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To the Victor: Victor Rasuk wins over Judy Marte in 'Raising Victor Vargas.'

Grandma's Boy

'Raising Victor Vargas' cruises the streets of the Lower East Side with unfaked charm

By Richard von Busack

THE BANTAM-SIZED MACHO of the Lower East Side, Victor Vargas (Victor Rasuk) is about to make an easy sexual conquest. Easy, as long as his friends don't hear about it. Fat Donna (Donna Maldonado) is raring to go, but Victor doesn't want anyone to know about the tryst to come. ("I'm a very private person.") Victor will lose status by sleeping with someone too ugly to squire down the street. Naturally, he is found out and gets neither Fat Donna nor the respect he seeks.

In its opening scenes, Raising Victor Vargas, a winning independent film by Peter Sollett, immediately makes a comedy out of one unfunny aspect of ghetto life: the lack of privacy. It's rare to see a movie about poor people who aren't killing one another. It's also rare to see the very aspects that sociologists fret over the most--the street culture that puts such a high esteem on sexual prowess--turned around for humor. Victor's real problem is that he has a crush on the far-away-eyed Judy (Judy Marte, basically the kind of person Jennifer Lopez wants you to think she was, when she was Jenny from the block). On the streets, Judy is hit on as regularly as a "Pedestrian Crossing" button--and with about the same results. Judy is disgusted by Victor's attempts to be a Don Juan (the way he wriggles and licks his lips, which is supposed to make the women weak, just makes her want to laugh). Still, she agrees to hang out with the kid, mostly to get the other neighborhood boys to leave her alone.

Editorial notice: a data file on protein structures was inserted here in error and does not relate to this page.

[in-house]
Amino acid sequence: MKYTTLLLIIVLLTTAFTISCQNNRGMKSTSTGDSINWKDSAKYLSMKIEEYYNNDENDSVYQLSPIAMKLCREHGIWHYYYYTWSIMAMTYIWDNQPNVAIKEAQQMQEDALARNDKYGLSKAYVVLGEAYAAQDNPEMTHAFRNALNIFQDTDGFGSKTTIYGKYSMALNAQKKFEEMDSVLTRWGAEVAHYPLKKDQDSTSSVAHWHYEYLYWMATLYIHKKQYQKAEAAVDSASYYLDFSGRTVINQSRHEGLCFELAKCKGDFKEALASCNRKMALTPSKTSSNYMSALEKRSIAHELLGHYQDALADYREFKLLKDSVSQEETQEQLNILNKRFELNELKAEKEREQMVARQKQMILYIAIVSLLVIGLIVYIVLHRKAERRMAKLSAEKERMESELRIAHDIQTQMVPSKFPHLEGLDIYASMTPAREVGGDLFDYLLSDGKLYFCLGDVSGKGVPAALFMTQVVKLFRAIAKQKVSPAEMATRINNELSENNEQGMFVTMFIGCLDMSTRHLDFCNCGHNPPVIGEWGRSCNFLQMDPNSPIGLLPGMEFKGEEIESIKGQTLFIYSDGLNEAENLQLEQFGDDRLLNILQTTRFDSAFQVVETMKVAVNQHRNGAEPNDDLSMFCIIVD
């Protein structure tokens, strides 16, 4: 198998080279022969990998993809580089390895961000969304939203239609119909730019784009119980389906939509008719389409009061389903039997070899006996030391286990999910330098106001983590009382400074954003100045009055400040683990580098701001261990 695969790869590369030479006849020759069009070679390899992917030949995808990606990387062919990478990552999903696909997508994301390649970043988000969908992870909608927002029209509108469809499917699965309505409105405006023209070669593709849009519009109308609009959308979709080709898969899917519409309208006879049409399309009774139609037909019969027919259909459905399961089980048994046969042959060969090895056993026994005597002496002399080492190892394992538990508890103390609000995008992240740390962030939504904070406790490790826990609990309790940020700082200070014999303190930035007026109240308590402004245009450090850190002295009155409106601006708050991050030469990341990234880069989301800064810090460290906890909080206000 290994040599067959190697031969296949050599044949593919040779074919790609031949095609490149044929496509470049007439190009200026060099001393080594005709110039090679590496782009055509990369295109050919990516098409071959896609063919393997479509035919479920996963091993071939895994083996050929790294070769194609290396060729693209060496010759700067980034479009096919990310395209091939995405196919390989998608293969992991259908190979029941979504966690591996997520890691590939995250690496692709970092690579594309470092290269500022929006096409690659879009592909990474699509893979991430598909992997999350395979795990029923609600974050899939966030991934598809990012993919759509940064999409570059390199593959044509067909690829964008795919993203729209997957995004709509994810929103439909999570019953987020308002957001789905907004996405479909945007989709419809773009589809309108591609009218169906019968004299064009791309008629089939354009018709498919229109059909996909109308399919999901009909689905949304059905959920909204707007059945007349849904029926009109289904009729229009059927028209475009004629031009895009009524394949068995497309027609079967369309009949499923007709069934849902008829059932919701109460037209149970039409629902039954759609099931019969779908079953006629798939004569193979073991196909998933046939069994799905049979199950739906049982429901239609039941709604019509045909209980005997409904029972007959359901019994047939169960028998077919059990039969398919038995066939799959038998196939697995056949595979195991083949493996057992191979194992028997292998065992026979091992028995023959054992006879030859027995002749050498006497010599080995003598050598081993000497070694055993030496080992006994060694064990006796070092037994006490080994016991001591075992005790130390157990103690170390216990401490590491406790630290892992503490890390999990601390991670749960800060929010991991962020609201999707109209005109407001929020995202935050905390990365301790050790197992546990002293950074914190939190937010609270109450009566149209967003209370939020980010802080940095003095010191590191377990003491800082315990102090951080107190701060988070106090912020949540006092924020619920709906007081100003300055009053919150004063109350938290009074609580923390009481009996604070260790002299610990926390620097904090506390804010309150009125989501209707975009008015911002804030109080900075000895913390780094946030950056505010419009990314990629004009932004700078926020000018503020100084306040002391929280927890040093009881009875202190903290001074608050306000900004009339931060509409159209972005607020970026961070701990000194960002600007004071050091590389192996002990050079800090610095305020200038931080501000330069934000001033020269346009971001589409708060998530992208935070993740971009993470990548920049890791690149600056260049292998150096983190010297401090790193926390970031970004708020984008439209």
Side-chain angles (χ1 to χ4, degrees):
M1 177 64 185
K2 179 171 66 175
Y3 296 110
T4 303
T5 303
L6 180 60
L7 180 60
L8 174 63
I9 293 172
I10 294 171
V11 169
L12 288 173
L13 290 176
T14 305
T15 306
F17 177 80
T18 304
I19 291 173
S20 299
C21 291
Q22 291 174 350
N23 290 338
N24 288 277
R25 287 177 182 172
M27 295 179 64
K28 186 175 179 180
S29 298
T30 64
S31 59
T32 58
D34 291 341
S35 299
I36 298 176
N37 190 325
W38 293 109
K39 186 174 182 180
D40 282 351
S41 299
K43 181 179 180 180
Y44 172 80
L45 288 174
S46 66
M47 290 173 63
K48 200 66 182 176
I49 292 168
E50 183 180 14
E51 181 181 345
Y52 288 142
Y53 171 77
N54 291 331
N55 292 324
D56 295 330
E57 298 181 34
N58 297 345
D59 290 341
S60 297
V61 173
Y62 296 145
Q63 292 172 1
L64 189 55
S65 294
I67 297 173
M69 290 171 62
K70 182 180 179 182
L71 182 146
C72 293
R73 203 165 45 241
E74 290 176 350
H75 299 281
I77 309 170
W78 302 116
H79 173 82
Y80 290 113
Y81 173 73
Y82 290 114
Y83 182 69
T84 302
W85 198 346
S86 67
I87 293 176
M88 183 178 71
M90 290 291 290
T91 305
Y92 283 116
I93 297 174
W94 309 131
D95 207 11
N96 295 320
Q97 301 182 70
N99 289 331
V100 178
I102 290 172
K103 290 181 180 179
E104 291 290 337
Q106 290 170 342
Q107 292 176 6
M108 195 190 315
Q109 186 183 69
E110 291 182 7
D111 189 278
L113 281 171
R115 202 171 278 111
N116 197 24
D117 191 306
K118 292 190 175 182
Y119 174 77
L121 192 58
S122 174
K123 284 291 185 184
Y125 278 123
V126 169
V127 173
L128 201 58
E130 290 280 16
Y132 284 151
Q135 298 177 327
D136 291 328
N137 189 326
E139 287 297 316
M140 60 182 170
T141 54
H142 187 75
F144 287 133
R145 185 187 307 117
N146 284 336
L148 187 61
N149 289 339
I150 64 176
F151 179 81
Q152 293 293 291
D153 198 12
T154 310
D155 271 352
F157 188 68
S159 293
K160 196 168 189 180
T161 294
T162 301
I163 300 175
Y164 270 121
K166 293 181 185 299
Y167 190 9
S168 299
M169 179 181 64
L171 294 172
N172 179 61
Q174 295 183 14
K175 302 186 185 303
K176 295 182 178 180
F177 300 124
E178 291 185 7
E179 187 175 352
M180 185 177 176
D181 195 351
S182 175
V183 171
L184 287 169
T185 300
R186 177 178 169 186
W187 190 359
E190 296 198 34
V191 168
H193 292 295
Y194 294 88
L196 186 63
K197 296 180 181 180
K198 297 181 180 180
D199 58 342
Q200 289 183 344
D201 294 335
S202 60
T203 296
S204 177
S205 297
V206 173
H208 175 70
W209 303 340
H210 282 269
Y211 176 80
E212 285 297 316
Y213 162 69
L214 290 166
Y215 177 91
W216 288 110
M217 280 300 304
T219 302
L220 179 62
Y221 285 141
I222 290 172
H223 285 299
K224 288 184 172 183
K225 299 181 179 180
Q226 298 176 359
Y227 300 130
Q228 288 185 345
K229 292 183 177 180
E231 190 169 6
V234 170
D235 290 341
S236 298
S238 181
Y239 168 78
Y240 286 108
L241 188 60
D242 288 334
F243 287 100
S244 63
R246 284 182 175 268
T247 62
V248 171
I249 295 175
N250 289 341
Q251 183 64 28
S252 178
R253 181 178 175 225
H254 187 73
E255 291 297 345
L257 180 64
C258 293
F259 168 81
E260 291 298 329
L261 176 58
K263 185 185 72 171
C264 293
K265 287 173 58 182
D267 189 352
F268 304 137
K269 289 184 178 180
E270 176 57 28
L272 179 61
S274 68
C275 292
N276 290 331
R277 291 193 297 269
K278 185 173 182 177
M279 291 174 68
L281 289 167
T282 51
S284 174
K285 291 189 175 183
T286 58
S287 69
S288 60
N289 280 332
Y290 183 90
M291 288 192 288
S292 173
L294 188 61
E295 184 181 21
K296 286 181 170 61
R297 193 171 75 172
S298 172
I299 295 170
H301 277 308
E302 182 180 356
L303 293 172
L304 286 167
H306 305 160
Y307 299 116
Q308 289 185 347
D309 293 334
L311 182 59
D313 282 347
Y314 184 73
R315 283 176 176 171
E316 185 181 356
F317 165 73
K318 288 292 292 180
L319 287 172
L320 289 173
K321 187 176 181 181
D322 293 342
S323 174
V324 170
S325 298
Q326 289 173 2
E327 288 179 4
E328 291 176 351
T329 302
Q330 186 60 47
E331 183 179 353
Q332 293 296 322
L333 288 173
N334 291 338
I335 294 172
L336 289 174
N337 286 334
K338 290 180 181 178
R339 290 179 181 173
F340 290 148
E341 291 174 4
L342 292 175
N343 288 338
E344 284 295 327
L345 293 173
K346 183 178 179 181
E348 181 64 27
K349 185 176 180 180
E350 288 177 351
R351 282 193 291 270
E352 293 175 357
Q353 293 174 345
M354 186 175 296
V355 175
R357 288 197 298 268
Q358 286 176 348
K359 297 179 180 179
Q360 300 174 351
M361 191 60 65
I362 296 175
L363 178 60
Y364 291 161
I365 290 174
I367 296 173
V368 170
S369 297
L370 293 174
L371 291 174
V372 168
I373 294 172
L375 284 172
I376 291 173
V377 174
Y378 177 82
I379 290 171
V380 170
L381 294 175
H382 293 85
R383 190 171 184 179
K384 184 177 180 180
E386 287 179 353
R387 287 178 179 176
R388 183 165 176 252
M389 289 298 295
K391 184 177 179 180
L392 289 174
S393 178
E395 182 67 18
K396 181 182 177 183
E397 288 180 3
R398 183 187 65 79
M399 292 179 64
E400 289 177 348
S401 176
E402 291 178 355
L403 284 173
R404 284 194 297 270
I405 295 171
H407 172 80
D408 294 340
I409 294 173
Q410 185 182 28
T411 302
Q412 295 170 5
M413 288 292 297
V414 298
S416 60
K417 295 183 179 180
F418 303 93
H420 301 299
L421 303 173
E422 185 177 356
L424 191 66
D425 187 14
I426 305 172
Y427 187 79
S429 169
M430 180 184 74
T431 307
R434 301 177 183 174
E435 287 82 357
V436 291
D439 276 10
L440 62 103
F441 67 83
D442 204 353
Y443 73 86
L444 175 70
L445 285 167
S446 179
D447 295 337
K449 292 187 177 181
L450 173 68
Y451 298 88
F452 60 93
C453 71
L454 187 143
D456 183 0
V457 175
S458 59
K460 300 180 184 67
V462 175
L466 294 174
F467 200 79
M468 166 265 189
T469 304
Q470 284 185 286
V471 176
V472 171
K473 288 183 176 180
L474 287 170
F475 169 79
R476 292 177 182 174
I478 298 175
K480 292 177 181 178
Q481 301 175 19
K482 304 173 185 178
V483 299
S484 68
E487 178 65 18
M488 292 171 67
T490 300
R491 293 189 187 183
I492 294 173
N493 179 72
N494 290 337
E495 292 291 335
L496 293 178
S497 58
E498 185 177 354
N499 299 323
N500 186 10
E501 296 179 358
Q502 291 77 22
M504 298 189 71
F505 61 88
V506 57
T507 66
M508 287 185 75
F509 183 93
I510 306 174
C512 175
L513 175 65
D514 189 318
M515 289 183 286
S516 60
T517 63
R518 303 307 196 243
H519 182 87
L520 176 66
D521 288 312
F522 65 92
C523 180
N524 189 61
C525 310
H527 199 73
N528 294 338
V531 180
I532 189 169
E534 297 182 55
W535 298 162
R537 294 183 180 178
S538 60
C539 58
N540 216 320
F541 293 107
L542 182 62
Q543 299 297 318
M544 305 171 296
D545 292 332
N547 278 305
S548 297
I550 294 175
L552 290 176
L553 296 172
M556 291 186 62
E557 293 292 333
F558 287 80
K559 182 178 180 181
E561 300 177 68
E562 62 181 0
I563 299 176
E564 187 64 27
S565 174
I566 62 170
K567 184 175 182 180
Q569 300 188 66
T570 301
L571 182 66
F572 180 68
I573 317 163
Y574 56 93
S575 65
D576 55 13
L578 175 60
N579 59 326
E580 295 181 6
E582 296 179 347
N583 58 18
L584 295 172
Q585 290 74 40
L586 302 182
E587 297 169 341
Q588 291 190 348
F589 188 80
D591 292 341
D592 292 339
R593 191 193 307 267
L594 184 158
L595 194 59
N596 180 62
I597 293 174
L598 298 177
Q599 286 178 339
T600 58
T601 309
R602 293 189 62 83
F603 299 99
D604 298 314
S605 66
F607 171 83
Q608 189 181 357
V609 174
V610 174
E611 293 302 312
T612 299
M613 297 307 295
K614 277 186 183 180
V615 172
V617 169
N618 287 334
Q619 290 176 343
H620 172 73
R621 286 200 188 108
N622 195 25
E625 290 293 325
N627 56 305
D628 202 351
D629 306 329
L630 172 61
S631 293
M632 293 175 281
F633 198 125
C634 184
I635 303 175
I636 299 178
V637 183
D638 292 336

Victor's first romance is crossed--not just by Judy's indifference but also by his grandmother (Altagracia Guzman). Guzman, as an ex-seamstress who has become an entrepreneur, serves as the solid bones in this comedy. Grandma's superstitions and memories of her youth in the Dominican Republic sound like Martian-talk to her grandchildren. However, she is a grandmother of nine, and when she lapses into a stony silence or makes a show of her iron will, no one laughs. Raising Victor Vargas overcomes that constant movie problem of ethnic comedy, which turns old-country parents into outrageously accented vaudevillians. When Grandma turns on Victor, accusing him of debauching his little brother, Raising Victor Vargas rises to the level of serious drama.

Sollett, who extended this film from his short Five Feet High and Rising, and writer Eva Vives originally conceived of this movie taking place in the working-class suburb of Bensonhurst. Circumstances transferred it to the Caribbean neighborhoods near the Lower East Side. Vives and Sollett's bet that the dick-wielding culture was the same in the city as it was in the boroughs pays off. Tim Orr, who shot All the Real Girls and George Washington, made the poor parts of the American South look like the Garden of Eden; here, he makes summer in the city look appealing. Even before the film lingers for a time in a small private yard with chickens and plants, Manhattan looks vivid and floral, the way it's seen by someone in first love.

Raising Victor Vargas (R; 88 min.), directed by Peter Sollett, written by Sollett and Eva Vives, photographed by Tim Orr and starring Victor Rasuk and Judy Marte, opens Friday at the Camera 3 in San Jose and CinéArts in Palo Alto.

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From the April 24-30, 2003 issue of Metro, Silicon Valley's Weekly Newspaper.

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